Blood poured from Ben’s arm and he didn’t have long to act before he bled to death, so he waved a white flag of surrender. The Germans took him into custody and placed him inside the basement of what used to be a house. They bandaged his arm with a tourniquet and actually saved his life with that act by slowing the flow of blood.
A little more than an hour later, the American infantry arrived and surrounded the small house occupied by the Germans, rescuing Ben in the process.
Had those Germans not tended to his wound, Ben likely would not have survived the hour (or was it hours? He was never clear on that point) that he might have spent bleeding out in their captivity.
If those Germans hadn’t saved his life that day, I wouldn’t have this photo or this story to tell.
~ The “Cripple” ~
Sent back to the US for medical care and additional surgery, Ben was devastated by his injury. Surely Hilda would call off the engagement, he thought. Doubtless recalling his own father–whom his mother divorced after he’d been disfigured by a logging accident–Ben just knew that Hilda would want nothing to do with him now.
At the Army hospital in Atlanta, Hilda did come to visit Ben, but he was sullen and anxious, bracing himself for the news she was surely there to bring him: that their engagement was over.
When Hilda met Ben as he prepared to check out of the hospital, they embraced. She then placed her suitcase on the ground and waited, typical of young ladies at the time who expected their “fellas” to carry such burdens for them. This made Ben angry.
“Why did she just leave her suitcase in front of me like that,” he wondered. “Can’t she see I’m a cripple?” [Ben’s word for a disabled person]
Hilda’s next action was even more shocking–
As Ben struggled to heft Hilda’s suitcase with one arm on a recently unbalanced and sick-starved thin body, Hilda stopped at the entrance to the hospital and waited. Ladies often stopped at doors back then, expecting the gentlemen nearby to open the door for them. But how was Ben supposed to open that door for her while holding a suitcase with just one arm?
Frustrated but undaunted, Ben strained himself as he put down the suitcase, opened the door for Hilda, kept it open with his injured shoulder/stump, then reached back for the suitcase again. He struggled to keep the door open, see Hilda safely though, and get himself through the door without dropping that suitcase.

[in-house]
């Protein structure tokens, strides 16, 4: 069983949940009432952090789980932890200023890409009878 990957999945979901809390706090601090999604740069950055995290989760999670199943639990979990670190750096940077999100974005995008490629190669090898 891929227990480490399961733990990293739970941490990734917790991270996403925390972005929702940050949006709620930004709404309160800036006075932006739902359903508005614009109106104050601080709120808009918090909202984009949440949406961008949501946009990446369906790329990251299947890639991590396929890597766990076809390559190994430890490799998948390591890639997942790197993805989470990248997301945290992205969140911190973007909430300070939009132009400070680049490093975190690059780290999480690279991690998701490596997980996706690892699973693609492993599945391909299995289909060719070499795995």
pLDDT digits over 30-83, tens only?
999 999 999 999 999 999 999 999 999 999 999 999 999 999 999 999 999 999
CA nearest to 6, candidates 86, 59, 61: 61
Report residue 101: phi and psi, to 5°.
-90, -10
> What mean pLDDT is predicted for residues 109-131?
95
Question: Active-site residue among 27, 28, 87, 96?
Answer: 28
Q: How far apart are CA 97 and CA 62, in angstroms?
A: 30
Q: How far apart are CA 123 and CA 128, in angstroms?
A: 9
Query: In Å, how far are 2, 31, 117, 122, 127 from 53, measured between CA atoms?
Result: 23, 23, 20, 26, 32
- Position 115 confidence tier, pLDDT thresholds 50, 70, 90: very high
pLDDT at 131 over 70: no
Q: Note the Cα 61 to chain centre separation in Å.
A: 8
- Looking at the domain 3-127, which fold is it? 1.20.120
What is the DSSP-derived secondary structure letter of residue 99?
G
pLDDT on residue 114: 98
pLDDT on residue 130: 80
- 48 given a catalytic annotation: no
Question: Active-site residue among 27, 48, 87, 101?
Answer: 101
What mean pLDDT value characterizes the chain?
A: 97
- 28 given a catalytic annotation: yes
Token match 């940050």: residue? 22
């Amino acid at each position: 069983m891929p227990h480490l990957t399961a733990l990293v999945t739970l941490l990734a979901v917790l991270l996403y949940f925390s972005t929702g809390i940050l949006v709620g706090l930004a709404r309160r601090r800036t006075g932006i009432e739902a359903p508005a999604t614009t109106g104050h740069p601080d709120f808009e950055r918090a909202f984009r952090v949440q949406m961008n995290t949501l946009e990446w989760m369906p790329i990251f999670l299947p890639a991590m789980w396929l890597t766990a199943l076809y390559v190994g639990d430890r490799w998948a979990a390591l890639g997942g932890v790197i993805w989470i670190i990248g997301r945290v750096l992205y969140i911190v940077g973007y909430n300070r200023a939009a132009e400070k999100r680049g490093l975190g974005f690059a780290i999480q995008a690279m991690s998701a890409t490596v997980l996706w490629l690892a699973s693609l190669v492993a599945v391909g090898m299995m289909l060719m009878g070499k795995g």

But it was then, in the sweat and frustration of that grueling moment, that Ben began to understand what was happening–
“She’s not treating me like a cripple.”
Ben shared this realization with the future generations of his family as homage to the amazing Hilda, whose egalitarian treatment made him feel like a man again.
By dropping her suitcase and expecting Ben to open doors for her, Hilda showed Ben that she still saw him as a capable, strong, chivalrous man. She was sending the message that she had no plans to break off their engagement; she still wanted to marry her war hero!
Hilda made good on her pre-war promise and married Ben. She then left her home in New Jersey and followed him to his home in Idaho–a foreign land to her, but a place that she would call home for the rest of her life, despite painful homesickness for her home back east. With time, she grew to love the forested, mountain views of this new home as much as she loved the soldier boy who had stolen her heart.
Ben and Hilda raised five children, and one of them later brought me into this world.
So whenever I see the blood-stained photograph above, I remember a valiant war hero, the faithful young woman who married him despite what some might call “disability,” and the life they shared together until Grandma Hilda’s death in 1988.
Ben worked blue collar jobs full-time until retirement, and never acted “disabled,” thanks to Hilda’s refusal to see him as such. He soldered their wedding bands together after Hilda’s death, then wore them around his neck every day. He joined Hilda “on the other side” in 2011.
I love you and miss you, Grandma and Grandpa!
P.S. here is a picture of some patients at Lawson General Hospital in Atlanta that year. How I wish I knew who they were–please share this post in cyberspace, and maybe we can pass it on to some of their descendants: